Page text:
Steampunk7

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About Steampunk7

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  • OS
    XP Pro x86
  1. Submix, Jaclaz and Ponch, thanks to all of you for your valuable advice! After giving it some thought, I reckon I better just do a normal XP installation. I'm not planning to reinstall again very often - rather not at all if I'm not forced to - and so the gain might not really be worth the efforts. I've managed to trim down XP quite nicely before (right now, it runs 21 processes after start-up, three of which are Sygate, TF and SB); and I guess I can do it again. After all, it's the same system, just a new comp and hdd. The system ran stable and safe for a couple of years (and prob would still do so without the hardware troubles); and if it takes me some work to get it to that same status again, so be it. I might even save the old update hassle by using WSUS Offline Updater now, and having IE sitting in a corner won't kill me, either. It sat there all the time and wasn't started just once (I never figured out a way to get rid of it).
  2. Hi there, thanks for your reply! 1 - The 'new' pc is an Acer Veriton 6900 Pro 2 - The new pc has Windows 7 installed, but it's a used pc and I doubt Windows 7 was pre-installed - the comp has a xp-sticker at its side. My old pc runs with an oem version (Dell) of Windows xp, but that wasn't there from the begin, either - I first got it with Win98se and changed to XP about 5 ys. ago. It's not a Dell pc, but one a friend built himself. 3 - I see... so it doesn't just help to get a light Windows, but actually becomes something different than just a skimmed down Windows. 4 - So it practically renders the original windows cd obsolete? 5 - Thanks for the tip! 6 - Well, removing components would've been the whole purpose of using nLite. I just wanted to save the trouble to get rid of some of the Windows stuff, like WMP and such. 7 - Oh, dear... 8 - Would have been an idea before the troubles... it started with one of the two hdds failing (hddscan3 saw nothing but orange,red and blue on test), which had some effects on motherboard and RAM which in turn affected the system. I got it running right now, but I wouldn't feel good imaging the whole mess - who knows what it did to the system? I reckon a clean install is my best option. There have been some major crashes when the hdd went bonkers, and it wasn't even the one with the system. Just seemed it took everything with it. 9 - I'm not quite sure I understand... wouldn't I always create and format partitions during installation? We used to do that with fdisk... but if I remember right, with XP it was done during the set-up. I've been through the sticky files - that was when the doubts crept in... Do I understand this right that the main feature of nLite is the 'unattended', fully automated installation? At least it gets much attention in the threads, and I must admit that I first didn't understand what they meant with 'unattended'. I first thought of a system that wouldn't need trudging to MS update once a week - it took a while until I realized they meant a fully automated installation. As I said, that wasn't even my ambition when I started looking at nLite. I will read the threads again and look around, but I begin to surmise I'd better stick to the old way and scrap out Windows XP myself. Maybe it gets easier the second time around. Thanks again, Steampunk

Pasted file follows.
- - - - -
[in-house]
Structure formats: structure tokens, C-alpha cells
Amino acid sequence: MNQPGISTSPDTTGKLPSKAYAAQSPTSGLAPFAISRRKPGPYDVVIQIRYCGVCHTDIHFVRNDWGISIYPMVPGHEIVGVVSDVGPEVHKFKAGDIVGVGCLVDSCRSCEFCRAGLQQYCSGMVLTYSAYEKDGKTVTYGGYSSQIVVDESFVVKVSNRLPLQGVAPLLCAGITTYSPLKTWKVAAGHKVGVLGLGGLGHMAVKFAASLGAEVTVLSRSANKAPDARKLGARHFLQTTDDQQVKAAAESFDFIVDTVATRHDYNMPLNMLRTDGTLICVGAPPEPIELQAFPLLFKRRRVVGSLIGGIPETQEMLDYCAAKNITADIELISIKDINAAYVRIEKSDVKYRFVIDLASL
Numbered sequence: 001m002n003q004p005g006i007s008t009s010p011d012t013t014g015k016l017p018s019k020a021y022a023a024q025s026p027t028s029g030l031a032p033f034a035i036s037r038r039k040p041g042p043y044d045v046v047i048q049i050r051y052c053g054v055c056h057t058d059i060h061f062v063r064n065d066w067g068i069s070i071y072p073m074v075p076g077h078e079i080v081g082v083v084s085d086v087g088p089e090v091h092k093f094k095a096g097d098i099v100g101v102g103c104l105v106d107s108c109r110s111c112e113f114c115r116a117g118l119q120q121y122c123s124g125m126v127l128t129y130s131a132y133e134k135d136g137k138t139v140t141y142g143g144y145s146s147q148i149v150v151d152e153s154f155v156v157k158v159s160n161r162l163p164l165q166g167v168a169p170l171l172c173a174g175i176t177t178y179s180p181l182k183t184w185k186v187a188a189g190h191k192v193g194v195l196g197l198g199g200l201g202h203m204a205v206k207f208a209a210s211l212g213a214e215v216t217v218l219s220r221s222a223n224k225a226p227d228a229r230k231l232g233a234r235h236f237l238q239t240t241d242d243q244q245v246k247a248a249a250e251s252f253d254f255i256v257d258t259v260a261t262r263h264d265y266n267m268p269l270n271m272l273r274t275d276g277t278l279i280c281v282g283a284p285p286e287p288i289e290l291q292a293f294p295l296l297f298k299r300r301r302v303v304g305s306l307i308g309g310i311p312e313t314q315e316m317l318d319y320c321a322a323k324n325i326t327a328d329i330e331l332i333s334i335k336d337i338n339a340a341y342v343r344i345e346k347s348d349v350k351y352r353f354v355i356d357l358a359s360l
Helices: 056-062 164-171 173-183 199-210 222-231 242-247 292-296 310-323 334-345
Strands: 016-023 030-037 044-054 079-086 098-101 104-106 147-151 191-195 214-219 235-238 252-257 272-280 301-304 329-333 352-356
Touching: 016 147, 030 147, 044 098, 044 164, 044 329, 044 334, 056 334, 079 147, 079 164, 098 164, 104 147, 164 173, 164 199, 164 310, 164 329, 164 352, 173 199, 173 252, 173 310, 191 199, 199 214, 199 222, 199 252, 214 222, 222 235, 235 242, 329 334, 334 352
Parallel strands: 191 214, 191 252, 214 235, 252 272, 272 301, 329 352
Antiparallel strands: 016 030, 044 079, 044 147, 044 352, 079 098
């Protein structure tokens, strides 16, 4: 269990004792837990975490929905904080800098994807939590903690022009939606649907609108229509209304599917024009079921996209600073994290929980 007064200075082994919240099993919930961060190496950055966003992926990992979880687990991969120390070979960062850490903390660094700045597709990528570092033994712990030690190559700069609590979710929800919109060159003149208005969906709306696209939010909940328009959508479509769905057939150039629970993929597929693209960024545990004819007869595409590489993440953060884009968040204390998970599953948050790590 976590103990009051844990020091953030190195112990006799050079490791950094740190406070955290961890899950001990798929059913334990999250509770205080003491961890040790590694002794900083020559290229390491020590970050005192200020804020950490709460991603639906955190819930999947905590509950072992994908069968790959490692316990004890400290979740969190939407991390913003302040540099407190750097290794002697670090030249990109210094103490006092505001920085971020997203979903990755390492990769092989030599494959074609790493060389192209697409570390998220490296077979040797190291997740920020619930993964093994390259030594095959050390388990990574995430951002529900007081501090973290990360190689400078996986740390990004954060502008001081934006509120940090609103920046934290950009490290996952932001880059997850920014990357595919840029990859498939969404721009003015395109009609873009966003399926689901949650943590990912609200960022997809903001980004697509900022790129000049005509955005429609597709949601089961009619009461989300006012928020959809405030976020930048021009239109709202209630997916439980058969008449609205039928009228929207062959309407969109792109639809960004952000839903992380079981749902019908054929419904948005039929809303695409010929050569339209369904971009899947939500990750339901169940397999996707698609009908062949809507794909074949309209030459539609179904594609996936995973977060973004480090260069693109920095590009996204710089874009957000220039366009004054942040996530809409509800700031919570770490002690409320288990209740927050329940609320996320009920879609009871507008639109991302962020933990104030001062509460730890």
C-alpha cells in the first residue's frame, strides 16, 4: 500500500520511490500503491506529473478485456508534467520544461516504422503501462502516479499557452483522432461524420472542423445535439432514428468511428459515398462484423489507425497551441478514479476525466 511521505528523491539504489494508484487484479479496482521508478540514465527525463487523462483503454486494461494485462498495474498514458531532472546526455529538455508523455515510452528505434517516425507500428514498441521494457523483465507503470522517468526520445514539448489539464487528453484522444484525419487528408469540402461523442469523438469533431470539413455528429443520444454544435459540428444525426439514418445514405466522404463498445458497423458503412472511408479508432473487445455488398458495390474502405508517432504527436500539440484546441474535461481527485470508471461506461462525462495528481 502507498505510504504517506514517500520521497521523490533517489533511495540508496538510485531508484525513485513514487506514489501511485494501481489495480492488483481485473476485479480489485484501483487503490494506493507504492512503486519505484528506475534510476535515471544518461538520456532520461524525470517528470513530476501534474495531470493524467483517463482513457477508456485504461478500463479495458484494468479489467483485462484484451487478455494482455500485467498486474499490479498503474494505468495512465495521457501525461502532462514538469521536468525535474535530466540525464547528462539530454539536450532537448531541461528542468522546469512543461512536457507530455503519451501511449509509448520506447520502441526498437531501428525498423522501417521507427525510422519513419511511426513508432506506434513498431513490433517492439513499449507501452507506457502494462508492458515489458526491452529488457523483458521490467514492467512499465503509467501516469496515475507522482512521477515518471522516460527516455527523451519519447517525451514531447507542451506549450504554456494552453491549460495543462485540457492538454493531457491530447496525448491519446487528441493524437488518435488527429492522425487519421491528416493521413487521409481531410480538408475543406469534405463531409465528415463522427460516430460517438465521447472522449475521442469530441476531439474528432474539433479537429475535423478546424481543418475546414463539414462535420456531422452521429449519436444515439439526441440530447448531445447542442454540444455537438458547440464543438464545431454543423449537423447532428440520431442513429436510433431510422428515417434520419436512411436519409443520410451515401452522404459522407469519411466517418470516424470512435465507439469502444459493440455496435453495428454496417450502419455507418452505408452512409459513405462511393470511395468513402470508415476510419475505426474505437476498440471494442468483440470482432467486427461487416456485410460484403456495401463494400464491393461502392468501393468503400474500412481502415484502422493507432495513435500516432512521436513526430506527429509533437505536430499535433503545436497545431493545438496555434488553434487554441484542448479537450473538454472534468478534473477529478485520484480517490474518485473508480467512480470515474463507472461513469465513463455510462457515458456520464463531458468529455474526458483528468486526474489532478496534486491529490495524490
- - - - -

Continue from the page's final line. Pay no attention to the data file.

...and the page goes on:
3. Greetings, everybody - and I hope you'll have some patience with a (very) insecure newbie. I'll shoot off right away and try my best to not let this post get too long. I need to reinstall my Windows XP Pro SP3 on a new machine since my old one is about to kick the bucket (10 ys. old motherboard starting to act up). I'm more or less a technical illiterate - a DAU - and it took me great pains and lots of time to get my OS run the way it is. I got rid of Windows Media Player, Windows Security, Automatic Updates, Windows Firewall, a bunch of services and other stuff. On the security site, my system fully relies on only three components: an old Sygate Firewall, Timefreeze (a tool that freezes/sandboxes your C: drive that I always start before going online), and Sandboxie to sandbox the browser. Of course, the usual suspects like SAS, MBAM etc. are there as well. You might sneer, but the system didn't see any virus/malware/whatever nuisance for three years. It hasn't seen any Windows updates for appr. the same time. Yes, I know I'm a crackpot. Anyhow, my computer has reached the end of its life span and I've got a new one, with a flashy new motherboard, a new hdd (s ata as opposed to my old ide). All I'd have to do is installing XP on it (I got a oem cd that already has sp3). I'm thinking with horror at the long times it took me to get my system to the status it is now and thought I might use nLite to get the same result with less hassles. I printed out detailed guides how to make such an ISO cd, got a XP SP3 update pack (xable) and I reckon I could get such a cd done. But I have a few questions, some (or most) of which might sound utterly stupid to you. I hope you'll bear with me. 1. What exactly do I have once the ISO thing is burned? Is it still Windows XP or is it some nLite/Windows mix? Is that new OS it creates still compatible with the original Windows CD? For example, when right now I figure I need something from my Windows CD that I never installed before, say freecell.exe or some other nonsense, I put in the Windows cd, select add/remove Windows components, and get the thing. Would that still be possible with the nLite installation? Is it still a normal, albeit trimmed down, Windows XP? Such as mine is right now? 2. The 'new' computer has Windows 7 installed. I don't want that, I want my old XP. So I'll have to wipe the hdd, format it and then I'd like to create my usual 5 partitions again - one (C:) for the system and the others for my other stuff. I've read in the webs that nLite won't partition well in an 'unattended' install. I don't really need it to install 'unattended', I won't mind babysitting it all the way to the welcome screen - but I do need my five partitions. Will it do this just as the normal installation cd does? 3. I read through the forum and noticed all the threads about 'sata' drivers etc. Most of it was technical Chinese for me, but I do understand that my new computer does have a sata hdd. Without really understanding what all those many threads were talking about, is it wise for someone like me to start on the nLite experiment at all? I just don't have the technical know-how to wise up on the whole subject. I couldn't even tell you what the difference between the new sata drive and my old ide drive is - as far as I'm concerned they both have 250 gb. Apropos hdd - in a month or two a second hdd will move into the comp, and I figure it will be a sata II, too, as according to the tech guy who helps me in case something needs a screwdriver this is the in thing to have. Could I just install it and have XP act as it always did when something new arrived? (This basically brings me back to point 1.) Oh - the tech guy won't be of much help for nLite. He told me he knew nothing about it and a normal XP installation might be the better option. And lastly, 4. The XP SP3 Updatepack from 'xable' I mentioned above - if I 'slipstream' this into the ISO cd, could I still see what exactly I'm updating? I remember the last time I've been to windows update - somewhen in 2010 - and the dang thing installed some trash on my computer (Media Player or Silverlight or whatever), and it took me ages to get rid of it. For that, they never saw me again and my computer wasn't any poorer for it. Well, sorry for the long post; and I hope it didn't come across as too dumb. nLite sounds like a wonderful idea to have a trimmed down Windows in an easier fashion than what I went through to get to my current version, but I'm not quite sure if I have the skills to handle it. I'm just not the technical wizard who looks at a code and knows all about it. And of course, my four questions above nag at me. Thanks a lot for your patience to read all this, Steampunk